Unless you have been living under a rock the past few days you already know about the recent release of Windows 8 Consumer Preview and Visual Studio 11 Beta. Since I know you already downloaded and installed all the shiny new toys, let’s take a quick look at how to get started writing a custom control for the new metro style applications. There is no better control to start with than the ever popular WatermarkTextBox control.
Setting up the Solution
First start off by creating a new metro style application in Visual Studio 11 beta. A blank application will work just fine for our purposes.
When your solution loads right click the project and select" “Add New Item”. When the dialog appears choose the “Template Control” item template. Of course give it a name of WatermarkTextBox.
You will notice that the Template control is just like a Silverlight or WPF custom control. It comes with a class file and a corresponding style in the Generic.xaml file.
Writing the Control
Our WatermarkTextBox control is going to derive from the TextBox class that is already provided by Microsoft.
Having said that, we don’t want to reinvent the wheel when it comes to styling the TextBox we are deriving from. So let’s save some time by dropping a TextBox onto the BlankPage.xaml page. Now right click the TextBox on the design surface and select “Edit Template –> Edit a Copy”. This will create the default TextBlock style that we can use in our WatermarkTextBox ControlTemplate.
Now open up the Generic.xaml file and replace this:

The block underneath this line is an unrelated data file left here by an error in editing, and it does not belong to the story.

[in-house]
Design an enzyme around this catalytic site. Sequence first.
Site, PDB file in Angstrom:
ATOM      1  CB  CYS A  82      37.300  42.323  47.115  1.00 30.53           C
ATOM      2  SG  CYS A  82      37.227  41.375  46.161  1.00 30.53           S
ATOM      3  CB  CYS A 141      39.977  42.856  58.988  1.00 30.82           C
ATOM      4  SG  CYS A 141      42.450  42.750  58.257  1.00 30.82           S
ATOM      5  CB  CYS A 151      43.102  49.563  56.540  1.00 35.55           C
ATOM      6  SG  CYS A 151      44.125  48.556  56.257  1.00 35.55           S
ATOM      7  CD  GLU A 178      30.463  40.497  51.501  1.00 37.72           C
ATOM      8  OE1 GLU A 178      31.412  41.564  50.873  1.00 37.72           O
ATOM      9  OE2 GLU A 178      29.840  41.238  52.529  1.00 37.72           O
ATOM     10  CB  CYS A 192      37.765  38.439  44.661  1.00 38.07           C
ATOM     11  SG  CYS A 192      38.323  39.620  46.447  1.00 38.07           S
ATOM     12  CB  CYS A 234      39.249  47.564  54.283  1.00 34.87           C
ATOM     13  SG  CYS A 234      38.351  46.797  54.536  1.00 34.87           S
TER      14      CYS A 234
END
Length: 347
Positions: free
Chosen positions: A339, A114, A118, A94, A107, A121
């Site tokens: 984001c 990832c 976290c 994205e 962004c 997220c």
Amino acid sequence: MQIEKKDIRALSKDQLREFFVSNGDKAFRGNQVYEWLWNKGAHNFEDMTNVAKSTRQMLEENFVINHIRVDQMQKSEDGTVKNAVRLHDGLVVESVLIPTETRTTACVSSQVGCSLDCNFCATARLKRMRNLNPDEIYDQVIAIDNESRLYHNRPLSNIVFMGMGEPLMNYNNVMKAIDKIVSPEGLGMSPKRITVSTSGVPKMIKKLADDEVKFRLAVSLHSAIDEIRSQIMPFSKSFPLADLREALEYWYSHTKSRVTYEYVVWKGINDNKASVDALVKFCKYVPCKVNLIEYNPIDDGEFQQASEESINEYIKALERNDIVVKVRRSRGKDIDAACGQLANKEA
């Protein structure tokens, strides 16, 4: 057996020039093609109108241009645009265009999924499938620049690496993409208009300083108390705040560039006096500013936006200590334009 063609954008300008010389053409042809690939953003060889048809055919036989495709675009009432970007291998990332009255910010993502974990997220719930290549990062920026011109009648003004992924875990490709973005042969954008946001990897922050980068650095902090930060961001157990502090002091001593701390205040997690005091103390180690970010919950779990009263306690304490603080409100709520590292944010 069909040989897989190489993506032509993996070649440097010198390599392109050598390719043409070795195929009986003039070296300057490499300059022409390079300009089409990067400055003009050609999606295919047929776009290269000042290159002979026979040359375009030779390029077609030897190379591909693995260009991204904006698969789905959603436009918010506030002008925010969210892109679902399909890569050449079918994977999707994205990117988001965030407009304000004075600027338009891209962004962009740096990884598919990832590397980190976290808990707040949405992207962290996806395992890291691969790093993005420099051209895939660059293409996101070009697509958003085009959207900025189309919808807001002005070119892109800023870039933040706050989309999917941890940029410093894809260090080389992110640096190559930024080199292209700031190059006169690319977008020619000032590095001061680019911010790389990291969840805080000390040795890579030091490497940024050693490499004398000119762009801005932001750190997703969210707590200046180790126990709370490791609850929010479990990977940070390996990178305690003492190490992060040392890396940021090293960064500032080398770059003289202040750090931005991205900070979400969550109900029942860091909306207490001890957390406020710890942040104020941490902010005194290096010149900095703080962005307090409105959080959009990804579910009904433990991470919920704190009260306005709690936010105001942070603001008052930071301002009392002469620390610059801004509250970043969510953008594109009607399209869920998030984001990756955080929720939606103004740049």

Let’s test what we have so far. Add an instance of our WatermarkTextBox control to the BlankPage.xaml.
Looks great. Just like the default Windows TextBox. Now we need to start adding our Watermark elements to it. Obviously we need a property for our Watermark. Your first thought maybe to define it as a type of string, but I want to support any element, not just text, so I will define it as a type of Object. This will allow me to nest controls inside of the Watermark property instead of being restricted to a simple string.
I also want to define a DataTemplate that will be used to define the ContentTemplate for the Watermark.
Now we need to modify our control template to support our new Watermark property. We will do this by simply adding a ContentPresenter to our Template.
Oh, and don’t forget the ContentTemplate that will define the default look for our watermark. This is placed at the top of the Generic.xaml.
And we need to set the default value in a style setter.
As you can see, I placed the ComtentPresenter after the ContentElement and before the DeleteButton elements. You may have also noticed that I set the visibility to Collapsed. This is because by default I want the Watermark hidden. So that means we need to add some code to show the watermark when the text box has no focus and it has no text. First we need to add some visual states to the VisualStateManager.
Next we need to add some code to handle the GotFocus and LostFocus events of the TextBox. Start by adding event handlers for the events in the constructor.
Now add the code that does the heavy lifting.
One last thing is to make sure we set the visual state when the template is applied. So override the OnApplyTemplate method as follows.
That should do it. Now let check it out in action. Be sure to provide a watermark for our control.
Yes, we found a bug
Everything seems to be working perfectly. Until you actually try to use a watermark that isn’t text. Try using this as your watermark.
Now let’s see our results.
Hey! Where is my watermark? Well there appears to be a bug with a ContentPresenter/ContentControl that will not display content when the ContentTemplate has been set and the Content is anything else except a string. This just so happens to be the exact same bug that exists in Silverlight. Interesting I know. So how do we fix it? We have to delete the usage of our Watermarktemplate until this gets fixed.
Now let’s see what happens.
Now that’s much better. Let’s hope this is just a beta bug.